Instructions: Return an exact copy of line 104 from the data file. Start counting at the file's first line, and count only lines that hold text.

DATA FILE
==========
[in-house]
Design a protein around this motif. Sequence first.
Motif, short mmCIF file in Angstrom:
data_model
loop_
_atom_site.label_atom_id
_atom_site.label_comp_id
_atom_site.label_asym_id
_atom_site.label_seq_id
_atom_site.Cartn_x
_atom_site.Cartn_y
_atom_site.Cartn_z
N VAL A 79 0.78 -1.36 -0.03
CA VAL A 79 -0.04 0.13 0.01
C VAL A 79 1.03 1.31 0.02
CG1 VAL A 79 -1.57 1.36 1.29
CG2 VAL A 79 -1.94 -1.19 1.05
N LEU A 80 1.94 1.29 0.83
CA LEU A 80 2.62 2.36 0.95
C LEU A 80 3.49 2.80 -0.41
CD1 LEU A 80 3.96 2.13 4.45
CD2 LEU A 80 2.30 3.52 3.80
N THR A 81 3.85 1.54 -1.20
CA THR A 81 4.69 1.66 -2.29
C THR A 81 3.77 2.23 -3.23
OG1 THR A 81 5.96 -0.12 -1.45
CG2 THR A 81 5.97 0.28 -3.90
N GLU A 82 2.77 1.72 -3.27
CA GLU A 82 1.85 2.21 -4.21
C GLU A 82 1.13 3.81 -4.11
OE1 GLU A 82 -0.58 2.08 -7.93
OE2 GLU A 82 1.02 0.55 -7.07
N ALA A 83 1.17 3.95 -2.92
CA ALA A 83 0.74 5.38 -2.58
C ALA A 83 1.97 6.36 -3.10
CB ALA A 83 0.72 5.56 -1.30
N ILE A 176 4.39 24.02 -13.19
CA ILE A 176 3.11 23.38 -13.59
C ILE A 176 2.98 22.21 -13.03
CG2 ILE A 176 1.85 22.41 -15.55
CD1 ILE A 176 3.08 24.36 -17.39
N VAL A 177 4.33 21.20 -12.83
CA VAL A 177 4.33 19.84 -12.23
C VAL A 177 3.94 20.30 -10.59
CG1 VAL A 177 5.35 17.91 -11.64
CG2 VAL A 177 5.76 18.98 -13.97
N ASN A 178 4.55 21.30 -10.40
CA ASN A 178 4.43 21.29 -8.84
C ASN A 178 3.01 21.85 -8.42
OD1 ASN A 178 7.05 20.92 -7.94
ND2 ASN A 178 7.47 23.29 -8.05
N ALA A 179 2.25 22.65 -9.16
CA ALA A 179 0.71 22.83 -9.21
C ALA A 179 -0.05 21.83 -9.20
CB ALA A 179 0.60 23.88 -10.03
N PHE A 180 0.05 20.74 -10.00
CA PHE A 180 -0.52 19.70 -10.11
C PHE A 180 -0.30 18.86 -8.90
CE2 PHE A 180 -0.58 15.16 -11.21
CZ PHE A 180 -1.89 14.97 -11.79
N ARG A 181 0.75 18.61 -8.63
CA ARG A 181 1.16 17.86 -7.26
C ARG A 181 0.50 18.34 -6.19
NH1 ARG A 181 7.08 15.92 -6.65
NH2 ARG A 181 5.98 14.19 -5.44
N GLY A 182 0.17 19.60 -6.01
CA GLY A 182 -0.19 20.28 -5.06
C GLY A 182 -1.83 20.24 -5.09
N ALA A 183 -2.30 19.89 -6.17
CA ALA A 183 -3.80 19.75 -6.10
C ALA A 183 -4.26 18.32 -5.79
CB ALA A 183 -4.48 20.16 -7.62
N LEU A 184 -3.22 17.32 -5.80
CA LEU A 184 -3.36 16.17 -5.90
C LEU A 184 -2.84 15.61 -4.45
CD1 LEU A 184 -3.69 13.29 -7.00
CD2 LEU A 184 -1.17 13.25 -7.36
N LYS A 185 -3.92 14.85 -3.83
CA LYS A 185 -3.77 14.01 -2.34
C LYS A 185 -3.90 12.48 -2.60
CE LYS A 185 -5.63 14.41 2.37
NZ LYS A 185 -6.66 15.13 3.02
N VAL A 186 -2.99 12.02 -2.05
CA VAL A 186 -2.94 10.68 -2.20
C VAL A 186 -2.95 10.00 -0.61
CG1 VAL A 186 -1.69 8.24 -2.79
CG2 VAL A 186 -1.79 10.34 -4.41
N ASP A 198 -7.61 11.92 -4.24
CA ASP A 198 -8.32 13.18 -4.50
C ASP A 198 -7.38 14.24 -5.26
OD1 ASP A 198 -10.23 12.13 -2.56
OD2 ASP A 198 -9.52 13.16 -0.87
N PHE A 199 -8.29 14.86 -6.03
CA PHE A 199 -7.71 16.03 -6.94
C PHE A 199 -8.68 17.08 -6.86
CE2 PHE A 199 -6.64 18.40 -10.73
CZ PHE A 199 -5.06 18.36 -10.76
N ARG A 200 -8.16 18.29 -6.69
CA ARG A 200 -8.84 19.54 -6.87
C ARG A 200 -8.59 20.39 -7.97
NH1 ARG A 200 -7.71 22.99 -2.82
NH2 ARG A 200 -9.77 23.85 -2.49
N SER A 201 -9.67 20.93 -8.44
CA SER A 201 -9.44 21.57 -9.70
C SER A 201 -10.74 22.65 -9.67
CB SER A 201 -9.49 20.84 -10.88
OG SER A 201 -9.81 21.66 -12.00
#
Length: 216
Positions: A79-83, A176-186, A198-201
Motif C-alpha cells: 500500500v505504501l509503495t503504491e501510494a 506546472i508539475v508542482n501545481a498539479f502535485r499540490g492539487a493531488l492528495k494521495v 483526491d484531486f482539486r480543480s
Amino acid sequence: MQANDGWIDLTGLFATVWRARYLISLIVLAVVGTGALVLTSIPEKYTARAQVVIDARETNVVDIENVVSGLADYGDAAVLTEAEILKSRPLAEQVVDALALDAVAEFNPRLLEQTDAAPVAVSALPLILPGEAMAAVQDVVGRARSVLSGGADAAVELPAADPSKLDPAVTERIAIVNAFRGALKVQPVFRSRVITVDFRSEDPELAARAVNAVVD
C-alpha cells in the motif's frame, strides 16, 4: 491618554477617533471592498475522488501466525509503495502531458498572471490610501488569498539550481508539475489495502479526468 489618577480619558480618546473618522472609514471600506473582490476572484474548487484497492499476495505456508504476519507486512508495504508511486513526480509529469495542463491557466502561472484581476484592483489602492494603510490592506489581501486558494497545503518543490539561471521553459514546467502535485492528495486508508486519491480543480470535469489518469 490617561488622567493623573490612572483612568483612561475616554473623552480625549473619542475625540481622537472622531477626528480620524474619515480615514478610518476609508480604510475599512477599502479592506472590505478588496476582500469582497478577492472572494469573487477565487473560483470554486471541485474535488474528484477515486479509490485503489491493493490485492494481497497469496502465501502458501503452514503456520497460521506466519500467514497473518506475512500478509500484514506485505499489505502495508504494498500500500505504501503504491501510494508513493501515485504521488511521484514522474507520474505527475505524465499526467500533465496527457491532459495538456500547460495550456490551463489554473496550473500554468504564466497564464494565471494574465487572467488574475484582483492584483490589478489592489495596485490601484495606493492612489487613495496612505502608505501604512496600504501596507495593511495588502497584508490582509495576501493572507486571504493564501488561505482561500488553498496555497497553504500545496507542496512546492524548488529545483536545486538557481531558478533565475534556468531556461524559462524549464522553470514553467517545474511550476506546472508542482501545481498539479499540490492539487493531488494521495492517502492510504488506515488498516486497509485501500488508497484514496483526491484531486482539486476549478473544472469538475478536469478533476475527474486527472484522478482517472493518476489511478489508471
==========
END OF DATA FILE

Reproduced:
CA SER A 201 -9.44 21.57 -9.70